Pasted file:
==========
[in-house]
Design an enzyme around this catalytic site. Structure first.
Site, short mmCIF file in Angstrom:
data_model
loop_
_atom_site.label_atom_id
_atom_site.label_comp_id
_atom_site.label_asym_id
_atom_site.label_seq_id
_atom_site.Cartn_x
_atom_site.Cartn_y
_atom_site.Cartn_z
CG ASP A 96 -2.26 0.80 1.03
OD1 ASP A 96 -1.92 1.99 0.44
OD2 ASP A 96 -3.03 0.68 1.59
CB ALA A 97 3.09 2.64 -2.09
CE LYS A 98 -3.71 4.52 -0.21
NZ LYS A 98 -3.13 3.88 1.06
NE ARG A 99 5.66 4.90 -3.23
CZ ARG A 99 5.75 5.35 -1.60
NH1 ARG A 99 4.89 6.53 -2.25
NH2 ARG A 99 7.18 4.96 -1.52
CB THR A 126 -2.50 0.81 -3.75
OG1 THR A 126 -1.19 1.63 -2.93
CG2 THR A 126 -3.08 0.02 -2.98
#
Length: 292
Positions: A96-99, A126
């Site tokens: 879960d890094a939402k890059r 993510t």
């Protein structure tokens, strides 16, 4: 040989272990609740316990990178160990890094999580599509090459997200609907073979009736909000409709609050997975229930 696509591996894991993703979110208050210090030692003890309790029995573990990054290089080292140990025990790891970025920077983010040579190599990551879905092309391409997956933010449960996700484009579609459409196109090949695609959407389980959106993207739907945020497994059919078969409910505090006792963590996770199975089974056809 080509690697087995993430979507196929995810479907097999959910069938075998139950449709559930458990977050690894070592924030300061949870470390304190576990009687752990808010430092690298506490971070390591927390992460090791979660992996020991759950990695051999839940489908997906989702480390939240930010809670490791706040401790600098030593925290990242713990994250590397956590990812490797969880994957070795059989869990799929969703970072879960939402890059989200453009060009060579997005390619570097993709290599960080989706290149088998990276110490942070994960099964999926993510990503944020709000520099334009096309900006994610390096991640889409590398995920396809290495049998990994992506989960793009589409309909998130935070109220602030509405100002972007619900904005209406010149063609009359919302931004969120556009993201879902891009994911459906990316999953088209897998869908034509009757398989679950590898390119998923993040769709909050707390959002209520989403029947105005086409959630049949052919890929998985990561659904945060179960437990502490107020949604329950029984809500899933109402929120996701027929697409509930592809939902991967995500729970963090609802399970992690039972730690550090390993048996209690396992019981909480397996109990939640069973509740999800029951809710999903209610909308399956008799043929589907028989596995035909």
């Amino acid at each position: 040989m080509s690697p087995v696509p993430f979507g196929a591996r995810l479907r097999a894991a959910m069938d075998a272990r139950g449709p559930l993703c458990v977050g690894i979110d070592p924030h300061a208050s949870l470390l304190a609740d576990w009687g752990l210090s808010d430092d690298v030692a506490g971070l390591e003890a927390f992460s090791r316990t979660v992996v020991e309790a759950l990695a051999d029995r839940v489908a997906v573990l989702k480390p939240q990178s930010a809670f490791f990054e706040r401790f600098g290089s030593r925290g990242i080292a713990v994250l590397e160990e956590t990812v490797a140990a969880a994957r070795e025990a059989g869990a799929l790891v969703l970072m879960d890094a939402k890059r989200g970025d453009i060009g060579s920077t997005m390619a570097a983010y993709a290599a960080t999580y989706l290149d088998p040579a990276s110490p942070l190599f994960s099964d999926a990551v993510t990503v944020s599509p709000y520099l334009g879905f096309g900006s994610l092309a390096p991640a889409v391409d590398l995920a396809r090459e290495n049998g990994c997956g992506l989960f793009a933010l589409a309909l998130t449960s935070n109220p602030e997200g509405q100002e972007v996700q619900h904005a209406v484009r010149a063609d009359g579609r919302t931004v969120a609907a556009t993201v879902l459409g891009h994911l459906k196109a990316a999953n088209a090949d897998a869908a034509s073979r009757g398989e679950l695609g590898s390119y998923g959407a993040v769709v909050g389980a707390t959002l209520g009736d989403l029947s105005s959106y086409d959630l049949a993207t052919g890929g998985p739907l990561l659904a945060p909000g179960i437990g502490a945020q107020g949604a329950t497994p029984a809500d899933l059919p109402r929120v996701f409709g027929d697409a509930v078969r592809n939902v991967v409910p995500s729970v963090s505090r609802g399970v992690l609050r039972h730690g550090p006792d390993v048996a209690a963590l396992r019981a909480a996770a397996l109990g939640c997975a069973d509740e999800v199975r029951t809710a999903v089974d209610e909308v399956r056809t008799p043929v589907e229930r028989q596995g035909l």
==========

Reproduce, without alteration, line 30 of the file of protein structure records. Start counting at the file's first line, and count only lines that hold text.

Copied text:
């Protein structure tokens, strides 16, 4: 040989272990609740316990990178160990890094999580599509090459997200609907073979009736909000409709609050997975229930 696509591996894991993703979110208050210090030692003890309790029995573990990054290089080292140990025990790891970025920077983010040579190599990551879905092309391409997956933010449960996700484009579609459409196109090949695609959407389980959106993207739907945020497994059919078969409910505090006792963590996770199975089974056809 080509690697087995993430979507196929995810479907097999959910069938075998139950449709559930458990977050690894070592924030300061949870470390304190576990009687752990808010430092690298506490971070390591927390992460090791979660992996020991759950990695051999839940489908997906989702480390939240930010809670490791706040401790600098030593925290990242713990994250590397956590990812490797969880994957070795059989869990799929969703970072879960939402890059989200453009060009060579997005390619570097993709290599960080989706290149088998990276110490942070994960099964999926993510990503944020709000520099334009096309900006994610390096991640889409590398995920396809290495049998990994992506989960793009589409309909998130935070109220602030509405100002972007619900904005209406010149063609009359919302931004969120556009993201879902891009994911459906990316999953088209897998869908034509009757398989679950590898390119998923993040769709909050707390959002209520989403029947105005086409959630049949052919890929998985990561659904945060179960437990502490107020949604329950029984809500899933109402929120996701027929697409509930592809939902991967995500729970963090609802399970992690039972730690550090390993048996209690396992019981909480397996109990939640069973509740999800029951809710999903209610909308399956008799043929589907028989596995035909």